This contribution analyses a case of carnival celebration in Maasniel, Limburg, the Netherlands, a village that was annexed as a neighborhood of the larger city of Roermond in 1959. During the event, the Dutch ritual of Sinterklaas was combined with the carnival celebration, resulting in a staged language conflict between Dutch and dialect. I argue that this language conflict was used by the actors on stage to engage in the politics of place-making and belonging. These politics express who and what practices are perceived as in and out of place during this particular carnival event. I show that the actors of the event, through Bakhtinian carnivalesque manners, centralize the carnival celebration, dialect use, and Maasniel while peripheralizing Sinterklaas celebration practices, the use of Dutch, and the city of Roermond. I argue that the eventual switch from Dutch to dialect may be considered as a way to resist and subvert dominant center-periphery ideas.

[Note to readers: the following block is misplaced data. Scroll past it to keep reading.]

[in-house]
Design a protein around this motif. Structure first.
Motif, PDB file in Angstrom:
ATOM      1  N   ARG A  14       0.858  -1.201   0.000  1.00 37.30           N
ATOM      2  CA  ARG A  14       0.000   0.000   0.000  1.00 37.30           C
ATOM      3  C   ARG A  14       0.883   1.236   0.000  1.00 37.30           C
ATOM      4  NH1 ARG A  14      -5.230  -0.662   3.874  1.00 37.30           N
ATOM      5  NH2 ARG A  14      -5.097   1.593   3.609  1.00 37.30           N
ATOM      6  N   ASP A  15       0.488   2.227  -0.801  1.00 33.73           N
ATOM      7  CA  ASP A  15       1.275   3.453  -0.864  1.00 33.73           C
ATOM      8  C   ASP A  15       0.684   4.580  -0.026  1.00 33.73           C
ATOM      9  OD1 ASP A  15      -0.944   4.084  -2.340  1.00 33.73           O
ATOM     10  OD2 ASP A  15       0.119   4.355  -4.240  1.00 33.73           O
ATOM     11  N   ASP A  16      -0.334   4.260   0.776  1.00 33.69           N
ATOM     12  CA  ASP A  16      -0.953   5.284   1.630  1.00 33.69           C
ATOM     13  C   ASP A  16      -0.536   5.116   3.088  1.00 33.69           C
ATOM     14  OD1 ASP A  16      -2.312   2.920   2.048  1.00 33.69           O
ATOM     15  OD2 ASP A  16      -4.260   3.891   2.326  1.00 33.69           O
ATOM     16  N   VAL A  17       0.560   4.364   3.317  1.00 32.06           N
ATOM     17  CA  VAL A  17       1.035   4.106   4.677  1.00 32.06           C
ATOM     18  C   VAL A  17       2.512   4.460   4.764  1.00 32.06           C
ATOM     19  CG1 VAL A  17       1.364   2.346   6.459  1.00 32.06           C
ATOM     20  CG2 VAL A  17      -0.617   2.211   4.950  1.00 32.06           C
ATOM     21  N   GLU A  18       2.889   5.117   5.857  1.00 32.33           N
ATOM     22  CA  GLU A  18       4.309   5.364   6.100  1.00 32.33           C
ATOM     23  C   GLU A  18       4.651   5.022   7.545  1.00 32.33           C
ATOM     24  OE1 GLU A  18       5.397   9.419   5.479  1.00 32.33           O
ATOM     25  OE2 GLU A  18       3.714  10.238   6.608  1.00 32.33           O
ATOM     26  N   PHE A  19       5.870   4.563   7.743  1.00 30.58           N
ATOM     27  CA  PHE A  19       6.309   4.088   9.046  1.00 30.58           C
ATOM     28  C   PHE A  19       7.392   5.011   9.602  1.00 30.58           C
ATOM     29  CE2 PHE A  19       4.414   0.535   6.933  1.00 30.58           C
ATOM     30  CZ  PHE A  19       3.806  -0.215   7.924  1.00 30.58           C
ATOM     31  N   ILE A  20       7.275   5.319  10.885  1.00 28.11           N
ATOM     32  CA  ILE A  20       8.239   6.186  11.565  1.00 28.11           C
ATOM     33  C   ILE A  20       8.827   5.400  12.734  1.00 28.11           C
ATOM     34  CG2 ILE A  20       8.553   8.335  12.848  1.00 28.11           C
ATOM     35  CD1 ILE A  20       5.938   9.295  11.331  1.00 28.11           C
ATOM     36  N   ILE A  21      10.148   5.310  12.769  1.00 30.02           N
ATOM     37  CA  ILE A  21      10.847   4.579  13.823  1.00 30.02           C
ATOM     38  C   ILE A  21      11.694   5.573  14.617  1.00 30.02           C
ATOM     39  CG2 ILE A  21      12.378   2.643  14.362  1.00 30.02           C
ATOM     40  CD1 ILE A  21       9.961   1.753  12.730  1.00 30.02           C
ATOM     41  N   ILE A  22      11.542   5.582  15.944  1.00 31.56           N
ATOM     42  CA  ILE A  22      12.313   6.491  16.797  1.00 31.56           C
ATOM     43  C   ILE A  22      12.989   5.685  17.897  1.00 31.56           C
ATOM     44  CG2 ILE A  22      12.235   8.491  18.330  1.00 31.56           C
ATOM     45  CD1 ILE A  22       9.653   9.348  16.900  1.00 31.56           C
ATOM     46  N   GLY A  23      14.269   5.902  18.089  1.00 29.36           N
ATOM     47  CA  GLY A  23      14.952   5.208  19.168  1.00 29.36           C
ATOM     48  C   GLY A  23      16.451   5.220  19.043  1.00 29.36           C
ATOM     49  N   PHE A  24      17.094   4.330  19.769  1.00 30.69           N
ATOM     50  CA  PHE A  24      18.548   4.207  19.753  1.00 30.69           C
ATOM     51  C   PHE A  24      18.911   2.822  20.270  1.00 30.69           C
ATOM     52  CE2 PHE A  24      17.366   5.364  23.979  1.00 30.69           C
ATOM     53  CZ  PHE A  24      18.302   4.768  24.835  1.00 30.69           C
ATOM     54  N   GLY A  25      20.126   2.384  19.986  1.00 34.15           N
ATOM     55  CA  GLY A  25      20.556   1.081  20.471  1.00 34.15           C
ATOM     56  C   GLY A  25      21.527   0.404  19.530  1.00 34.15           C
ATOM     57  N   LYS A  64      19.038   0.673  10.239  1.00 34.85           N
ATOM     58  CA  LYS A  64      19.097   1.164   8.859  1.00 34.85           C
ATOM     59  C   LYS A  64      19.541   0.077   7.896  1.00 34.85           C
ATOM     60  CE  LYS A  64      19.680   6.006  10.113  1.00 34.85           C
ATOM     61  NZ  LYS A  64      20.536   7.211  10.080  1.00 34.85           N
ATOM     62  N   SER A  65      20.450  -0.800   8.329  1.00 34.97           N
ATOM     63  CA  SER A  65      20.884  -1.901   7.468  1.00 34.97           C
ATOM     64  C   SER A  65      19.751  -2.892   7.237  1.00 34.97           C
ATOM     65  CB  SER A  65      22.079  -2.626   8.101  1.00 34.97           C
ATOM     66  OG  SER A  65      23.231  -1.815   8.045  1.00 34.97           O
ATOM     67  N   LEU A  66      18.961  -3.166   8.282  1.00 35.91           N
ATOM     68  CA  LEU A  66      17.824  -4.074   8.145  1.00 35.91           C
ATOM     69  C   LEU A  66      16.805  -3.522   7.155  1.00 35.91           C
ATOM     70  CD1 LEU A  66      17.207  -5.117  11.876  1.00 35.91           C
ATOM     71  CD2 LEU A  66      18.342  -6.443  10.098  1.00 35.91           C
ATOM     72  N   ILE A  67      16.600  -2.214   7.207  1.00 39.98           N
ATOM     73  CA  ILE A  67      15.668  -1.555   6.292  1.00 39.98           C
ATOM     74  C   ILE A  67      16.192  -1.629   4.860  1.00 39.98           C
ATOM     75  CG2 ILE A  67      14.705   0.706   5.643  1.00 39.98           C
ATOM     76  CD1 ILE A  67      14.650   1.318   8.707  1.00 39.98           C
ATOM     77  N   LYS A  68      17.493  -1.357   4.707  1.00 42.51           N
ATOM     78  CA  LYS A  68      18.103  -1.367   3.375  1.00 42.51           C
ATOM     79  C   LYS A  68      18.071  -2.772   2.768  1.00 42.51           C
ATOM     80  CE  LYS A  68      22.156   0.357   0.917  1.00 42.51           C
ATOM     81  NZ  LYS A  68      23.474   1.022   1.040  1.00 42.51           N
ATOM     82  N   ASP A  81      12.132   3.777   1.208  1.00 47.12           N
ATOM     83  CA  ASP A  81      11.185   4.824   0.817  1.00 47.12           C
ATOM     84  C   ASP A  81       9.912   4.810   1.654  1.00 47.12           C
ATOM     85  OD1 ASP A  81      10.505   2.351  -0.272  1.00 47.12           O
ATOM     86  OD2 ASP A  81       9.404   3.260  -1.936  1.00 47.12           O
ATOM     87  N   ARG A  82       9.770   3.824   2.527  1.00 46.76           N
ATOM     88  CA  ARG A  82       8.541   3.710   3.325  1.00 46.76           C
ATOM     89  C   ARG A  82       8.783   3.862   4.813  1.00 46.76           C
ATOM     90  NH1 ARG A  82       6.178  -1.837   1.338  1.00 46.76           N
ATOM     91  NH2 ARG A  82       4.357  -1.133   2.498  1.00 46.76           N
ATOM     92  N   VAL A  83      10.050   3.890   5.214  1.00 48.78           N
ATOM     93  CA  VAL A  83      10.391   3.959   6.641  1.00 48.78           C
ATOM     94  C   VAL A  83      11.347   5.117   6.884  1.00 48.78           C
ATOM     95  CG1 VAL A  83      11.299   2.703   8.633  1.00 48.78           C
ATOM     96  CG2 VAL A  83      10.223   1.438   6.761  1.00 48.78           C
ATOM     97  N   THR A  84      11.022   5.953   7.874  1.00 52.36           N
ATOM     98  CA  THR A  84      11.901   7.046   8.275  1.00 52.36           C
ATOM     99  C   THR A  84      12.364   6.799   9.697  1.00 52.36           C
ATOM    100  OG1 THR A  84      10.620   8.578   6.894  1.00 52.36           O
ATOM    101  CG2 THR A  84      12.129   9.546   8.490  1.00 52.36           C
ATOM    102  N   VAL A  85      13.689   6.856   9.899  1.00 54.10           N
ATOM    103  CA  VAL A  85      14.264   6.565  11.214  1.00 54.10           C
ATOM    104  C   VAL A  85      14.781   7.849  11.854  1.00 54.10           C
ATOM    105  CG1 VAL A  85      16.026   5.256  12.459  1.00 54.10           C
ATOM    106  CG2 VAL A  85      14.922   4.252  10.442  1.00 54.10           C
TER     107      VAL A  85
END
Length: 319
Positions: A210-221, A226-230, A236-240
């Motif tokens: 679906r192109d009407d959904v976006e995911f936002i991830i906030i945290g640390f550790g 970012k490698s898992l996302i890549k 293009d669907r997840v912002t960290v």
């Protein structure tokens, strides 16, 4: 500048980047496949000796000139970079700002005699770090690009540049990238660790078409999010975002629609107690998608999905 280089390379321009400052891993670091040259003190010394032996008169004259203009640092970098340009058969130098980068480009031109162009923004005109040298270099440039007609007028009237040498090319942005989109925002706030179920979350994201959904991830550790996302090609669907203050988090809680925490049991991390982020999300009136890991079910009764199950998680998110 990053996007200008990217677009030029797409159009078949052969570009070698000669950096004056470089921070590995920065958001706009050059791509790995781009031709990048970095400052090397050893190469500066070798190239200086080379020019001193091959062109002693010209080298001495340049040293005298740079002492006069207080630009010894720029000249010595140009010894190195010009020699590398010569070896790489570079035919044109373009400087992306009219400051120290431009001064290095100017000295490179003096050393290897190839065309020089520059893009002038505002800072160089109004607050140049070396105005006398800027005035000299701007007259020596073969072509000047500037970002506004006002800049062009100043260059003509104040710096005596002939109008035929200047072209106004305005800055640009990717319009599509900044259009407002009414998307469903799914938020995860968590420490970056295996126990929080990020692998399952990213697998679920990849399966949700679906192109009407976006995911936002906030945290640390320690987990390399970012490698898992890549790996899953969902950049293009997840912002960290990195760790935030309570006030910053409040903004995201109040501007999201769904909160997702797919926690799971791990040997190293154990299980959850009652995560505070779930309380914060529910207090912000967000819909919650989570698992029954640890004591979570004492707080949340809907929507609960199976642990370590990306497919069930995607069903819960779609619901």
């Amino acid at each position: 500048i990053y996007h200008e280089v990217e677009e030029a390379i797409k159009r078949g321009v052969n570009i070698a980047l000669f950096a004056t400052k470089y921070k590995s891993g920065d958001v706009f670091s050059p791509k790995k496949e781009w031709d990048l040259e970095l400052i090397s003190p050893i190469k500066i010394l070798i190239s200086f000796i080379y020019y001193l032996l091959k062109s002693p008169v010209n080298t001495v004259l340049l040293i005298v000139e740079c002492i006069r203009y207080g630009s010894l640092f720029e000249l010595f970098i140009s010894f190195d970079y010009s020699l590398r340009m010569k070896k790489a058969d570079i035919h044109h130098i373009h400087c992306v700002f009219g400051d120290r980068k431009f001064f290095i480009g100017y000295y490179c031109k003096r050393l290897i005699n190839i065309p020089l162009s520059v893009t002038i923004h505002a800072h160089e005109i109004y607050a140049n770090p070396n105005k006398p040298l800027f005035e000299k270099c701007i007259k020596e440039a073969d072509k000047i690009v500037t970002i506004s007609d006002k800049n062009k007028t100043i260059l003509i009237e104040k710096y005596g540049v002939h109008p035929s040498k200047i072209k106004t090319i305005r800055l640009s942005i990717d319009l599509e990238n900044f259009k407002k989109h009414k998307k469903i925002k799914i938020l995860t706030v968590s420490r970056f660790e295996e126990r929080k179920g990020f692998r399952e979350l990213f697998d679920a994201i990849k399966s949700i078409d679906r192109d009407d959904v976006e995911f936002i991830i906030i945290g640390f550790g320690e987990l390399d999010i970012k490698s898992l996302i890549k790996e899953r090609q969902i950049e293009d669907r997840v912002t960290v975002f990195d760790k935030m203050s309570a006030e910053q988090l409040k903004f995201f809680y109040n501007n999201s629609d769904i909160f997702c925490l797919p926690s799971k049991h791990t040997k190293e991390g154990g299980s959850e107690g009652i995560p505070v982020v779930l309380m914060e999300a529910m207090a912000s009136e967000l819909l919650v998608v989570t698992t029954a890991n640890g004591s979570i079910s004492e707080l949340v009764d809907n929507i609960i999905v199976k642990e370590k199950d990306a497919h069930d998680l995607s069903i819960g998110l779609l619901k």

|Title of host publication||The Sociolinguistics of Place and Belonging|
|Subtitle of host publication||Perspectives from the margins|
|Number of pages||24|
|Publication status||Published - 2018|